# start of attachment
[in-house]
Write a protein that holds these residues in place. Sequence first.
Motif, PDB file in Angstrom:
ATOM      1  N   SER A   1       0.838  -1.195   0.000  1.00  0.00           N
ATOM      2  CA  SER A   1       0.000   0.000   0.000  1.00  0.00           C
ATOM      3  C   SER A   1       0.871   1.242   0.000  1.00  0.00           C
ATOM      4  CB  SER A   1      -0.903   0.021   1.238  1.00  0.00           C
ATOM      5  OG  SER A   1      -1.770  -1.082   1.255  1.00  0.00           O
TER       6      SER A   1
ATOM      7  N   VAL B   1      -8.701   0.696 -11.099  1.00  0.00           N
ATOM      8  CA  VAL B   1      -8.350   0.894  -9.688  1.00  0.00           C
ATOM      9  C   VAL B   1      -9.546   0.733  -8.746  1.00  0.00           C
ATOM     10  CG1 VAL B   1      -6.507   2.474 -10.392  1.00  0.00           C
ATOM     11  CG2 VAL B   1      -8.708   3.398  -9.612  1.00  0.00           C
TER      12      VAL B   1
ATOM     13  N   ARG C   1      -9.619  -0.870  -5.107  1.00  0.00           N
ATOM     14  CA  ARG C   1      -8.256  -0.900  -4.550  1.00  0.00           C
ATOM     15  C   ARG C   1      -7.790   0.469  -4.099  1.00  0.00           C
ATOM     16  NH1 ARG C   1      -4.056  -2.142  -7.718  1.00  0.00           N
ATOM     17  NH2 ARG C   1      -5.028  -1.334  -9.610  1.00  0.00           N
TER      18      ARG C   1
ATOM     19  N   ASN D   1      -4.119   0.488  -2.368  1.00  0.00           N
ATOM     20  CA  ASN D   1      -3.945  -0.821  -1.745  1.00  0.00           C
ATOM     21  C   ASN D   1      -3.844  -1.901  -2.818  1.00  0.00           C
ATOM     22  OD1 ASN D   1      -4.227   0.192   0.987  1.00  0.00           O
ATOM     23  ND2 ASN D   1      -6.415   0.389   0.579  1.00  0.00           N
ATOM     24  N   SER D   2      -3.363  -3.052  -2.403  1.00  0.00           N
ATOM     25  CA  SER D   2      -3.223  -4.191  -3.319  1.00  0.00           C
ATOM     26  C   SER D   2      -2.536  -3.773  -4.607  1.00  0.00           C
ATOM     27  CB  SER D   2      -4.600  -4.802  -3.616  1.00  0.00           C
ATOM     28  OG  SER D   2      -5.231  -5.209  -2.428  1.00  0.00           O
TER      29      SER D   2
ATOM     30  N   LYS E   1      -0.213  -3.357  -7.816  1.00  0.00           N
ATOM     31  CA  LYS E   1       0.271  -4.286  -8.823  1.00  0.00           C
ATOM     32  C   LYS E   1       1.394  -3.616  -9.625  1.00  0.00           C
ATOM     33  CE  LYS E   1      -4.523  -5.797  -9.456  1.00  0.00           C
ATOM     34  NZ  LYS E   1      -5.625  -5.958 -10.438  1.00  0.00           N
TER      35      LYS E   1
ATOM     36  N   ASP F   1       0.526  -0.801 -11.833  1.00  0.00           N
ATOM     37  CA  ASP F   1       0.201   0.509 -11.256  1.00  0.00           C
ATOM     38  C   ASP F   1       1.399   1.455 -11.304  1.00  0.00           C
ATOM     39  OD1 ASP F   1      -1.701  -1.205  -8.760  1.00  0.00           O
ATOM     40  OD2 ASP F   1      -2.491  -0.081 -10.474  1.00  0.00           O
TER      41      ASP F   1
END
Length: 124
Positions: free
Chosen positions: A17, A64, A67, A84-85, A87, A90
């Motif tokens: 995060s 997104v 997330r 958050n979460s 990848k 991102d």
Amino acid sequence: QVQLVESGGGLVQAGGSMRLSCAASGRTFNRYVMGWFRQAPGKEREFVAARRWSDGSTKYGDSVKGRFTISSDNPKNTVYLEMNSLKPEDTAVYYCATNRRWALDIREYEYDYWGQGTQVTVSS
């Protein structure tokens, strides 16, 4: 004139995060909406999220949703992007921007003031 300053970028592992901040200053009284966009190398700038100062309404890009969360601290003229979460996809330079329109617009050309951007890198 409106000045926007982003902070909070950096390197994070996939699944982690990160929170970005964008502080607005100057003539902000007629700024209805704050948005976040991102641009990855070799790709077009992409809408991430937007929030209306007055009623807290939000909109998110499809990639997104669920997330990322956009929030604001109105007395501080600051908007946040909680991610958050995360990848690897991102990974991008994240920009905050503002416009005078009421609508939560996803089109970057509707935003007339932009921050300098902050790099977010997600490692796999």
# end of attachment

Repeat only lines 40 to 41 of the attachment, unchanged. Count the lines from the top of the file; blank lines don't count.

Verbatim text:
ATOM     37  CA  ASP F   1       0.201   0.509 -11.256  1.00  0.00           C
ATOM     38  C   ASP F   1       1.399   1.455 -11.304  1.00  0.00           C